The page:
The Jackie Robinson West All-Stars got the royal treatment at Wrigley Field. The city’s most entertaining baseball team continued their victory lap on Labor Day, ending an unbelievable summer for the kids from the Morgan Park neighborhood.
The Cubs proudly wore yellow-black-and-silver camouflage jerseys with WEST on the front and No. 42 on the back before their game against the Milwaukee Brewers.
“This is awesome,” Cubs manager Rick Renteria said, pounding his chest.
Who knows what the impact will be 10 or 15 years from now, but the group that won the Little League World Series U.S. title became a feel-good story for a segregated city, as well as a sport that can feel too old, too slow, too exclusive.
As Cubs president Theo Epstein said: “The best thing to happen to the whole city of Chicago this summer – certainly from a baseball standpoint – was put together by 13-, 12-year-old kids from the South Side.”
“It’s huge,” Jackie Robinson West manager Darold Butler said. “I already got a few calls about kids playing baseball. Just outside. No parents, no coaches. Just five, six, seven, eight kids playing baseball on their own.”
If Major League Baseball wants to keep growing its business, that should be an important big-picture issue for incoming commissioner Rob Manfred, funding the game at the grassroots level, increasing access to the expensive travel-team/showcase circuit and working with the NCAA to support college-baseball programs limited to 11.7 scholarships.
“At industry meetings, in lots of front offices around the game, people talk about (it),” Epstein said. “People ask the question: How can we get young kids playing baseball again, especially in cities, especially in the inner-city?
“There’s nothing that a bunch of suits in a boardroom can do that would be as powerful as what those 12-year-old kids did to demonstrate how compelling the game of baseball can be, make baseball cool again for young kids.”
Cub players seemed genuinely excited to interact with the Jackie Robinson West All-Stars, who were recognized by the White Sox on Saturday at U.S. Cellular Field.
Renteria gave the players a pep talk. First baseman Anthony Rizzo posed for pictures in the dugout before the two teams joined together for one big photo. The kids chatted with Wesley Wright and Edwin Jackson, who were part of the group of major-league players that helped cover the travel costs and send the families to South Williamsport, Pa.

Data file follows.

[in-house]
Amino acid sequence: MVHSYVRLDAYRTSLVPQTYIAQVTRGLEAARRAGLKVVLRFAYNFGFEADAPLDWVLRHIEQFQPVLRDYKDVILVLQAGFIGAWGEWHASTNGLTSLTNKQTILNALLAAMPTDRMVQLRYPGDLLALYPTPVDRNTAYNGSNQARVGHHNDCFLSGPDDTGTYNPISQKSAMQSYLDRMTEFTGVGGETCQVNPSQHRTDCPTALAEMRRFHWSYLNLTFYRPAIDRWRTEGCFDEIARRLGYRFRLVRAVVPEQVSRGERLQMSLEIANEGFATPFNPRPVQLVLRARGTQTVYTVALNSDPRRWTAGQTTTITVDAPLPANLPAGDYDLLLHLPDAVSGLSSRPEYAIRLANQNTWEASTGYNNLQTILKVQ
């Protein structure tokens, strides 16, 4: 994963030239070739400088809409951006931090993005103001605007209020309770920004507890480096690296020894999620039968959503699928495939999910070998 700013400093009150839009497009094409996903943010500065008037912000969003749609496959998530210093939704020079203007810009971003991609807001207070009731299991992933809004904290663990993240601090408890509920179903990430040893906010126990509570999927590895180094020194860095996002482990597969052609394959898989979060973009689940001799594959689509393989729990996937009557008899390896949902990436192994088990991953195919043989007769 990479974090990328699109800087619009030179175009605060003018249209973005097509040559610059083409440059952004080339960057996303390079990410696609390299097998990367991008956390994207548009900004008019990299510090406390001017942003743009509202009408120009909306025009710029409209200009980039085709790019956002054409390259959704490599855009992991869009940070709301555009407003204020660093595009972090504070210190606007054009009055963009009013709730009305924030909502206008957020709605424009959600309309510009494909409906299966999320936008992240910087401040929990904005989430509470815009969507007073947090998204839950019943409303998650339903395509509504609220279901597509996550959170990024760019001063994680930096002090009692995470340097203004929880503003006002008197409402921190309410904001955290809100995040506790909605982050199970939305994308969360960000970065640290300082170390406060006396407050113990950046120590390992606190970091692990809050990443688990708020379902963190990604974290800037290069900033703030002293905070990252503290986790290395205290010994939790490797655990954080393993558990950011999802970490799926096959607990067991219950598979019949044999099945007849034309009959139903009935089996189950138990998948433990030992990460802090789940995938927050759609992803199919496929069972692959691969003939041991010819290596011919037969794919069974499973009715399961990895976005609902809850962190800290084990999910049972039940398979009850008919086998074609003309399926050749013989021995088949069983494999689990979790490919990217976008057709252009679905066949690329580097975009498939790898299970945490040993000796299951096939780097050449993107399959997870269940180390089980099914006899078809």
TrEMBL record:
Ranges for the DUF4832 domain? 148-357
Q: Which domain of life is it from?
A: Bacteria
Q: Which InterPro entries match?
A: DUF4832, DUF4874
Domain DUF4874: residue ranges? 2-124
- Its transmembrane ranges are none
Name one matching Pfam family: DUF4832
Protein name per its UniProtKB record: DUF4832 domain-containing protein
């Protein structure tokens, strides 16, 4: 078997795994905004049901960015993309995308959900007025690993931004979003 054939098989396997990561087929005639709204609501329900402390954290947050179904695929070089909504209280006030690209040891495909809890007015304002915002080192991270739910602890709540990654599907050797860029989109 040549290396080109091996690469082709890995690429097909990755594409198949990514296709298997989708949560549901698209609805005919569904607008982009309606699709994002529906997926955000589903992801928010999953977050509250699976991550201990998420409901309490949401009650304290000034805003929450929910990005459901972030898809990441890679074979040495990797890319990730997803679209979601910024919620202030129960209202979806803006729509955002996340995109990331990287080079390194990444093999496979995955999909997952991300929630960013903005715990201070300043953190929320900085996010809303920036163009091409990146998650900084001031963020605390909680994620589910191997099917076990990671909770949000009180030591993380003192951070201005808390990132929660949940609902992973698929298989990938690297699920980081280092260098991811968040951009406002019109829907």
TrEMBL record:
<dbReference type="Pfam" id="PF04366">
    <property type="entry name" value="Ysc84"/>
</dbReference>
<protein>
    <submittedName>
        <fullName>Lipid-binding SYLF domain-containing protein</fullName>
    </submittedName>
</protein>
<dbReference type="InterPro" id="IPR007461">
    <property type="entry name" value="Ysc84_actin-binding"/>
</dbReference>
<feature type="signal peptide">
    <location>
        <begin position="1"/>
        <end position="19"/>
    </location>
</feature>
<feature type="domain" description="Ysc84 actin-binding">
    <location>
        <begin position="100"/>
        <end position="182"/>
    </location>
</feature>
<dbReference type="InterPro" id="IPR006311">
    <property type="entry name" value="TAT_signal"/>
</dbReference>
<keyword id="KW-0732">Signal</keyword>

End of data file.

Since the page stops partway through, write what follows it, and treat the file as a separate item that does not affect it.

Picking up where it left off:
“Not only baseball,” Wright said. “Just the way they’ve handled (all this) attention (with) great sportsmanship and class. Whether you play baseball or not, I think these kids can be role models for a lot of their peers. They’ve shown incredible maturity for their age group.
“They’re not overwhelmed by a lot of things that I was at that age.”
The kids walked the warning track, stood on the field during the national anthem and went out to their positions before the first pitch. They also helped lead the crowd during the seventh-inning stretch.
“In this day and age, so much negativity is put out there,” Wright said. “They hear it and see it a lot. Just for them – and other young people – to see that doing positive things and working hard and staying disciplined can be rewarded as well. You can become known for doing good things.
“I think these kids are going to realize in a couple years just how much of an inspiration they were to a lot of people. And I think it’s our job to bring a spotlight to that type of thing.”
The hope is this momentum doesn’t fade away once Chicago Public Schools are back in session on Tuesday.
“We really have to support them,” Epstein said, “and capitalize on this moment and learn from what the Jackie Robinson West Little League has been doing effectively for four decades now – plus.
“Which is proactively go out to schools, find kids and sell them on the game of baseball, get them off the streets, get them learning from great mentors, playing together, learning about sportsmanship and competition and hard work and discipline and make them better people.
“(They’ve) made a positive impact on tens of thousands of kids over the years and it’s really a model organization. We can all go to school on how they’ve built their program.”
There was the ESPN exposure, the phone call from President Barack Obama and a victory parade that ran from Jackie Robinson Park to Millennium Park.
“It’s still a dream,” Butler said. “I have not touched the ground. I’m sure the kids haven’t touched the ground yet.”